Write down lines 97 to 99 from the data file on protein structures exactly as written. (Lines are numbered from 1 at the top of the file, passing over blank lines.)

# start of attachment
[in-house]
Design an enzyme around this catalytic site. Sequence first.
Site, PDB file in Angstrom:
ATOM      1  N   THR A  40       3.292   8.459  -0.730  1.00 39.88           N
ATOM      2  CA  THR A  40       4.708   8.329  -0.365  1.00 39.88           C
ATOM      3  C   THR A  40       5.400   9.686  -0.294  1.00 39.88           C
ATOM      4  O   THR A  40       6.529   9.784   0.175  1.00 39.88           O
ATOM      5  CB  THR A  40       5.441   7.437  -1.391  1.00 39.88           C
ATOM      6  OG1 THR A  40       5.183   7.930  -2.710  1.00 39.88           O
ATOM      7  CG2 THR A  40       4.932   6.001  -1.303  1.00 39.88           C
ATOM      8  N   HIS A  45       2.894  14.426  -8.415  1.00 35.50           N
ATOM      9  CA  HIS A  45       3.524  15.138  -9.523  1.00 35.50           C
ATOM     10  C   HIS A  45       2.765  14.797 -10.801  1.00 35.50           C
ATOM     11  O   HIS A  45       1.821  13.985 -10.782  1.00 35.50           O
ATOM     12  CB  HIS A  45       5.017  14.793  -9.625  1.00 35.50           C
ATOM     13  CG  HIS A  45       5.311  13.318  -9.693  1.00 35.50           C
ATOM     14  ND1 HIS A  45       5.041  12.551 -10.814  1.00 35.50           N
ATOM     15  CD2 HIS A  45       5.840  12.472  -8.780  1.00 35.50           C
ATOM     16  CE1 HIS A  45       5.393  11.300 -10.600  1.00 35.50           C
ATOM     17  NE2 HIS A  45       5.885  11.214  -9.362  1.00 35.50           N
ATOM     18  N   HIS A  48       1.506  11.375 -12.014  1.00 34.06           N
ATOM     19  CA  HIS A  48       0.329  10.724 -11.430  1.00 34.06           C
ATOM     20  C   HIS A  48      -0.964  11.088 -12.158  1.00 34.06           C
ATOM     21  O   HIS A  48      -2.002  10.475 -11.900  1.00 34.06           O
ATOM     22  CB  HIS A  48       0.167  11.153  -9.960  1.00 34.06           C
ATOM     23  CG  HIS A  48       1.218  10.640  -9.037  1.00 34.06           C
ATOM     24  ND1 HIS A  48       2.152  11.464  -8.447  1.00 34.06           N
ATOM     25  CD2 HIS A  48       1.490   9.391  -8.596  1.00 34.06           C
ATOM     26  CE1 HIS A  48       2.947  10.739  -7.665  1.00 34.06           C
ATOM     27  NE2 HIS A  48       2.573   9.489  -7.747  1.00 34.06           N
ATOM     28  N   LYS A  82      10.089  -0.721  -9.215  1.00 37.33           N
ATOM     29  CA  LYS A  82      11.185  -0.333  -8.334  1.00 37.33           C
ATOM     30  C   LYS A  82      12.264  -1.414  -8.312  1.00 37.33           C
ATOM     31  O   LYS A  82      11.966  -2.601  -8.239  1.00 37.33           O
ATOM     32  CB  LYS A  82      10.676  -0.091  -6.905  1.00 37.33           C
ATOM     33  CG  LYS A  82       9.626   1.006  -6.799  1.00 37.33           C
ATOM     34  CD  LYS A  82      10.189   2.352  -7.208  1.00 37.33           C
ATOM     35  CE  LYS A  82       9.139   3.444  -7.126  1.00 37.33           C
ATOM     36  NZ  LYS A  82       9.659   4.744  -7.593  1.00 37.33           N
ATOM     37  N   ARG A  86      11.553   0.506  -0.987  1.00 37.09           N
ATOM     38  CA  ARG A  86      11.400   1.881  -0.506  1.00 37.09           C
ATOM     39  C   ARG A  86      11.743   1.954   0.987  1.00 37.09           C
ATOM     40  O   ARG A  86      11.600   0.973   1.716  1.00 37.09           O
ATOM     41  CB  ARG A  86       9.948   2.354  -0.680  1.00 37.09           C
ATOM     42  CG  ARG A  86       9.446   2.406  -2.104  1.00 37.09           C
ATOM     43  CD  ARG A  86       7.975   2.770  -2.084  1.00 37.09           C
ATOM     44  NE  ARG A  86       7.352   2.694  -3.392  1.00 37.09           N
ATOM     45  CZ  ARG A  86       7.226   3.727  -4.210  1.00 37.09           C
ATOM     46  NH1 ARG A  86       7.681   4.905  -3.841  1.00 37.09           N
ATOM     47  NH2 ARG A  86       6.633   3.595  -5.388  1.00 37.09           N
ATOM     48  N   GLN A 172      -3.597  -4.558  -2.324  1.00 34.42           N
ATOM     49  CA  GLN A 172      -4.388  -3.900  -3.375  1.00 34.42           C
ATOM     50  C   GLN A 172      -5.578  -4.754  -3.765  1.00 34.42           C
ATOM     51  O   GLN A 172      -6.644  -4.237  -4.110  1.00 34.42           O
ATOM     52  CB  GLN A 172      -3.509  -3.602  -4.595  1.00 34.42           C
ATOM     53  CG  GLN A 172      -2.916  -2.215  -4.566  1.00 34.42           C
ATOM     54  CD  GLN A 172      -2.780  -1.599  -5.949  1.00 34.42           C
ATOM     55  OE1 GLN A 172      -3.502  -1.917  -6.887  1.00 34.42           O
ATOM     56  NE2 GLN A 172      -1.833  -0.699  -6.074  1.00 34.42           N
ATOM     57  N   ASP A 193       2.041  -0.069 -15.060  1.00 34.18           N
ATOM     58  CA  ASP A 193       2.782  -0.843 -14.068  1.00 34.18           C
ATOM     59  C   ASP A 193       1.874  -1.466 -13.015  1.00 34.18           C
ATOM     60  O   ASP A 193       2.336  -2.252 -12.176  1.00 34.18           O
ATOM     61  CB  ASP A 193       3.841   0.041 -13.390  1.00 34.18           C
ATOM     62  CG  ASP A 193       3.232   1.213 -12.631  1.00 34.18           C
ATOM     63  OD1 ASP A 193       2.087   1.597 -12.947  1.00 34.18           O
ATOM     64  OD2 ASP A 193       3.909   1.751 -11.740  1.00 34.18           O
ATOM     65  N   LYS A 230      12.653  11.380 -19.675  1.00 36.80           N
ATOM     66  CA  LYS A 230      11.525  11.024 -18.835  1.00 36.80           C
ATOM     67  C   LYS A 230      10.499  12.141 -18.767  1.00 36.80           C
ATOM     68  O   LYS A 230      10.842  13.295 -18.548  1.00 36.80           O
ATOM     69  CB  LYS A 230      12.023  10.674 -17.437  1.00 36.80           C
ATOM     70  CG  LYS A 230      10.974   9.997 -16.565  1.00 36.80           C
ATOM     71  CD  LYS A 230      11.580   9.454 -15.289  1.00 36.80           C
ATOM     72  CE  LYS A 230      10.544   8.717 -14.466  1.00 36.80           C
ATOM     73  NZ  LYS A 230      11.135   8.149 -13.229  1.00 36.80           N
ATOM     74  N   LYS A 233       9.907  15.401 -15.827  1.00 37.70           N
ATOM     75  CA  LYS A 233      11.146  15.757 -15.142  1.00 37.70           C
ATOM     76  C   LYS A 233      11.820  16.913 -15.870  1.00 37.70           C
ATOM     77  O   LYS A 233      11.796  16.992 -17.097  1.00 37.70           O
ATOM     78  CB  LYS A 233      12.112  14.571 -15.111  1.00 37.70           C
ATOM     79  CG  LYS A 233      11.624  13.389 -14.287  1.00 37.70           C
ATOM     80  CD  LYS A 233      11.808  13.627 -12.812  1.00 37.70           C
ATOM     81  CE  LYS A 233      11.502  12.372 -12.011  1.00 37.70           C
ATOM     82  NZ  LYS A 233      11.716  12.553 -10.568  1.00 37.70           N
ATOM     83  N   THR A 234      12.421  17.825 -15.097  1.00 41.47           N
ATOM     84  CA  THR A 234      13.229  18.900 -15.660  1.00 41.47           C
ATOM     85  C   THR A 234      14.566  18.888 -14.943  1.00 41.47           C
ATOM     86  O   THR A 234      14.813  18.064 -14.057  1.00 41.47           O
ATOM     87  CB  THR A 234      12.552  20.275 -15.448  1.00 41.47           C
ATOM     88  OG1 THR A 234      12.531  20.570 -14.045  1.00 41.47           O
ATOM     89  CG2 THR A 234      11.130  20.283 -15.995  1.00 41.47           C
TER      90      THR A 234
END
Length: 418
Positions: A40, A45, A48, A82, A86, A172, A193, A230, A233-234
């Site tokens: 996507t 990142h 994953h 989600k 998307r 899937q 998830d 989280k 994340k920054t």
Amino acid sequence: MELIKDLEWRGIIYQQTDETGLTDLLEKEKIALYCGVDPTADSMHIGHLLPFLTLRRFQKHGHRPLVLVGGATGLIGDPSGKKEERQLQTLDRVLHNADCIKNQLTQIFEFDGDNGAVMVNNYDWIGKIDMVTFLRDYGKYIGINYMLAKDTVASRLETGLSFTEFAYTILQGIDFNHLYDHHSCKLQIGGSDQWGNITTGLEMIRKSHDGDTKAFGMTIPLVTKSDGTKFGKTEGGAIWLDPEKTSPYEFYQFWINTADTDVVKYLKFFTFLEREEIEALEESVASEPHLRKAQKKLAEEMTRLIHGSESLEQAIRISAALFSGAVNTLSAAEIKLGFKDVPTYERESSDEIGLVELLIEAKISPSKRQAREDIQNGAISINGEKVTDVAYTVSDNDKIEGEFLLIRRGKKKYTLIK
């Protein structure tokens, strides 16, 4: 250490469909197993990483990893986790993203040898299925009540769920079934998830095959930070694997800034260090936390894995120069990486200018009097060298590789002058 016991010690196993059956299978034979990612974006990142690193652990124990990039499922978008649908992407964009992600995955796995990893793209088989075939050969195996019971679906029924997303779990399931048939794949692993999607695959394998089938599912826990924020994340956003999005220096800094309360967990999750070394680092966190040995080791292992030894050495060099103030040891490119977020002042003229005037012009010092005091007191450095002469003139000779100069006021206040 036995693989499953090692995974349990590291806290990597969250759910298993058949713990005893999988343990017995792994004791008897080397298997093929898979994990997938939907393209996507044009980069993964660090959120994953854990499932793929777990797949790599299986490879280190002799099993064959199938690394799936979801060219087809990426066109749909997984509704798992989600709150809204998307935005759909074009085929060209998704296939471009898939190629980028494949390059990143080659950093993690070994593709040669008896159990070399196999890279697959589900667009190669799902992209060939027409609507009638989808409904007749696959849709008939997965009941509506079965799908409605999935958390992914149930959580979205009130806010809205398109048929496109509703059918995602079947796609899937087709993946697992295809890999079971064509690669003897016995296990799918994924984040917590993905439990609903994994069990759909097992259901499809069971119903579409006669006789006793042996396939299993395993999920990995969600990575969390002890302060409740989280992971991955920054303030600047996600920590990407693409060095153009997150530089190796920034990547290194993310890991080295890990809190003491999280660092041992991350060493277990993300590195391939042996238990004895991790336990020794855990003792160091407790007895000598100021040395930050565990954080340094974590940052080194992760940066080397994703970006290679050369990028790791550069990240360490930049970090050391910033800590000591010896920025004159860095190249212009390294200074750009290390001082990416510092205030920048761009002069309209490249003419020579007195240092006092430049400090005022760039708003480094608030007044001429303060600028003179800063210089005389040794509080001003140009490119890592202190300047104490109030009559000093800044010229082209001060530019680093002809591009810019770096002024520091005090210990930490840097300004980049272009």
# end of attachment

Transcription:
């Site tokens: 996507t 990142h 994953h 989600k 998307r 899937q 998830d 989280k 994340k920054t």
Amino acid sequence: MELIKDLEWRGIIYQQTDETGLTDLLEKEKIALYCGVDPTADSMHIGHLLPFLTLRRFQKHGHRPLVLVGGATGLIGDPSGKKEERQLQTLDRVLHNADCIKNQLTQIFEFDGDNGAVMVNNYDWIGKIDMVTFLRDYGKYIGINYMLAKDTVASRLETGLSFTEFAYTILQGIDFNHLYDHHSCKLQIGGSDQWGNITTGLEMIRKSHDGDTKAFGMTIPLVTKSDGTKFGKTEGGAIWLDPEKTSPYEFYQFWINTADTDVVKYLKFFTFLEREEIEALEESVASEPHLRKAQKKLAEEMTRLIHGSESLEQAIRISAALFSGAVNTLSAAEIKLGFKDVPTYERESSDEIGLVELLIEAKISPSKRQAREDIQNGAISINGEKVTDVAYTVSDNDKIEGEFLLIRRGKKKYTLIK
């Protein structure tokens, strides 16, 4: 250490469909197993990483990893986790993203040898299925009540769920079934998830095959930070694997800034260090936390894995120069990486200018009097060298590789002058 016991010690196993059956299978034979990612974006990142690193652990124990990039499922978008649908992407964009992600995955796995990893793209088989075939050969195996019971679906029924997303779990399931048939794949692993999607695959394998089938599912826990924020994340956003999005220096800094309360967990999750070394680092966190040995080791292992030894050495060099103030040891490119977020002042003229005037012009010092005091007191450095002469003139000779100069006021206040 036995693989499953090692995974349990590291806290990597969250759910298993058949713990005893999988343990017995792994004791008897080397298997093929898979994990997938939907393209996507044009980069993964660090959120994953854990499932793929777990797949790599299986490879280190002799099993064959199938690394799936979801060219087809990426066109749909997984509704798992989600709150809204998307935005759909074009085929060209998704296939471009898939190629980028494949390059990143080659950093993690070994593709040669008896159990070399196999890279697959589900667009190669799902992209060939027409609507009638989808409904007749696959849709008939997965009941509506079965799908409605999935958390992914149930959580979205009130806010809205398109048929496109509703059918995602079947796609899937087709993946697992295809890999079971064509690669003897016995296990799918994924984040917590993905439990609903994994069990759909097992259901499809069971119903579409006669006789006793042996396939299993395993999920990995969600990575969390002890302060409740989280992971991955920054303030600047996600920590990407693409060095153009997150530089190796920034990547290194993310890991080295890990809190003491999280660092041992991350060493277990993300590195391939042996238990004895991790336990020794855990003792160091407790007895000598100021040395930050565990954080340094974590940052080194992760940066080397994703970006290679050369990028790791550069990240360490930049970090050391910033800590000591010896920025004159860095190249212009390294200074750009290390001082990416510092205030920048761009002069309209490249003419020579007195240092006092430049400090005022760039708003480094608030007044001429303060600028003179800063210089005389040794509080001003140009490119890592202190300047104490109030009559000093800044010229082209001060530019680093002809591009810019770096002024520091005090210990930490840097300004980049272009």